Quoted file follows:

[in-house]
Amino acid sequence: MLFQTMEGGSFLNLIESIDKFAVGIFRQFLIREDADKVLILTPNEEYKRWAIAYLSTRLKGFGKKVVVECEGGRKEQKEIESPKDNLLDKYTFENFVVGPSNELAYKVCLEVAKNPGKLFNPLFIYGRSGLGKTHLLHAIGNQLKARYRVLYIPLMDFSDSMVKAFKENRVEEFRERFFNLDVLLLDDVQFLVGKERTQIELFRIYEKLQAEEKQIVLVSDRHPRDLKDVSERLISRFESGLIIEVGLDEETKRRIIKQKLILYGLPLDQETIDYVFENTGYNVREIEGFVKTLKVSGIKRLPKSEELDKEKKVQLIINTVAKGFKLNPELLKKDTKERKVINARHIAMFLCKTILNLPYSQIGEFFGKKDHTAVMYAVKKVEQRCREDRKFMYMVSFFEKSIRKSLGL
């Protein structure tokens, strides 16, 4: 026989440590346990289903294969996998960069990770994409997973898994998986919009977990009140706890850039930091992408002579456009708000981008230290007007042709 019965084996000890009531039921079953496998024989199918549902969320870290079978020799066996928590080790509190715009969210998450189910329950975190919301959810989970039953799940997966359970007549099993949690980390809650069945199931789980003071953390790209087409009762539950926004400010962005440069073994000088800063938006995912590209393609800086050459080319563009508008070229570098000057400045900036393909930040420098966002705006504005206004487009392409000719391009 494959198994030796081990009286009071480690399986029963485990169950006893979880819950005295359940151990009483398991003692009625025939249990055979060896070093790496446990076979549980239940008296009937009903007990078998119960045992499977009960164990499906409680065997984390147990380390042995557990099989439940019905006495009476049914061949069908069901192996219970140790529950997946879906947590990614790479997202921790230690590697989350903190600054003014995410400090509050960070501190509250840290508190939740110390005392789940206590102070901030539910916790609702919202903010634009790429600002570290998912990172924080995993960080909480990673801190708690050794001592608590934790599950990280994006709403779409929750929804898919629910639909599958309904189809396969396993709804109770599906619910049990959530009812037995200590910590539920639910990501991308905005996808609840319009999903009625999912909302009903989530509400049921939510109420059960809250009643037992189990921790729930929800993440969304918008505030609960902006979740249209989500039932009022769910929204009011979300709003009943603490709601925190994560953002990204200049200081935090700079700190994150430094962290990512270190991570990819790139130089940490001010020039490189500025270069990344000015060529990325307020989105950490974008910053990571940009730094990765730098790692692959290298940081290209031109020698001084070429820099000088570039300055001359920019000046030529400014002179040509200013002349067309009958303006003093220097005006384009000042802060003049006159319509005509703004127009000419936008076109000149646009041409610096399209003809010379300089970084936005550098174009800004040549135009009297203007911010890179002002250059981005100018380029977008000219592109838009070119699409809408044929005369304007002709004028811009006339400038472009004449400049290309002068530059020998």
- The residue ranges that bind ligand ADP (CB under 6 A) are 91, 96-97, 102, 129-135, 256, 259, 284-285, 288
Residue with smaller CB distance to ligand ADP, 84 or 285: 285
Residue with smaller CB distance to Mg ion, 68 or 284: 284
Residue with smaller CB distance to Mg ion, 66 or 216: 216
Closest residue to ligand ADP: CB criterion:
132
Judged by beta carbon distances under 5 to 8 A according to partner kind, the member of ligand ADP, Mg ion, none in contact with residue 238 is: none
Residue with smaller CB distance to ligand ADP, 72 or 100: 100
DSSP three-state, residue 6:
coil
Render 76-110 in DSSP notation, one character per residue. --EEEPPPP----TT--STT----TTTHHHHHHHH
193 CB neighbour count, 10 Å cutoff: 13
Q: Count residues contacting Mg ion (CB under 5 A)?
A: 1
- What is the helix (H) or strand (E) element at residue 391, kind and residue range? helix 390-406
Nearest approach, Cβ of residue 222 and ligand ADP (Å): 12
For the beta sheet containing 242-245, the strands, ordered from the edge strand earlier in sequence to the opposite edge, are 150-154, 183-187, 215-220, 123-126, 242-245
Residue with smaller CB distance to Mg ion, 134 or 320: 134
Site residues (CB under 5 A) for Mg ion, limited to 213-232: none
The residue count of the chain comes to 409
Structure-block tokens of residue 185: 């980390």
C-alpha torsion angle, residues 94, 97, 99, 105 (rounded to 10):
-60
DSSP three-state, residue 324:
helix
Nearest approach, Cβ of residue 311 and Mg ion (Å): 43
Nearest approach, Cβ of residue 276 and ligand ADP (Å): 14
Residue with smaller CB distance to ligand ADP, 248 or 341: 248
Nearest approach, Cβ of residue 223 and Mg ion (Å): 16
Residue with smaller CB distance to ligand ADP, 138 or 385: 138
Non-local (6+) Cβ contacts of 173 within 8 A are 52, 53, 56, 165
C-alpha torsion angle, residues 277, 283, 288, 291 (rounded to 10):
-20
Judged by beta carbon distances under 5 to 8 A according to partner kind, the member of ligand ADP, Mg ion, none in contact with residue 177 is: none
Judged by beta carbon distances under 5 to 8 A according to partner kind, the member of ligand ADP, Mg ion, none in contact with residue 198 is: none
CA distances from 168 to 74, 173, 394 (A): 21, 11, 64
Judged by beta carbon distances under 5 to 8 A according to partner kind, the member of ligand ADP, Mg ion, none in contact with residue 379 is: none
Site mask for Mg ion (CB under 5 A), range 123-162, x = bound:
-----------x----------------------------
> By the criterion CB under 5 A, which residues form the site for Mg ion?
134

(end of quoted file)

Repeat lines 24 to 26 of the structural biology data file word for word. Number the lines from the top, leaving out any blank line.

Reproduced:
Structure-block tokens of residue 185: 């980390």
C-alpha torsion angle, residues 94, 97, 99, 105 (rounded to 10):
-60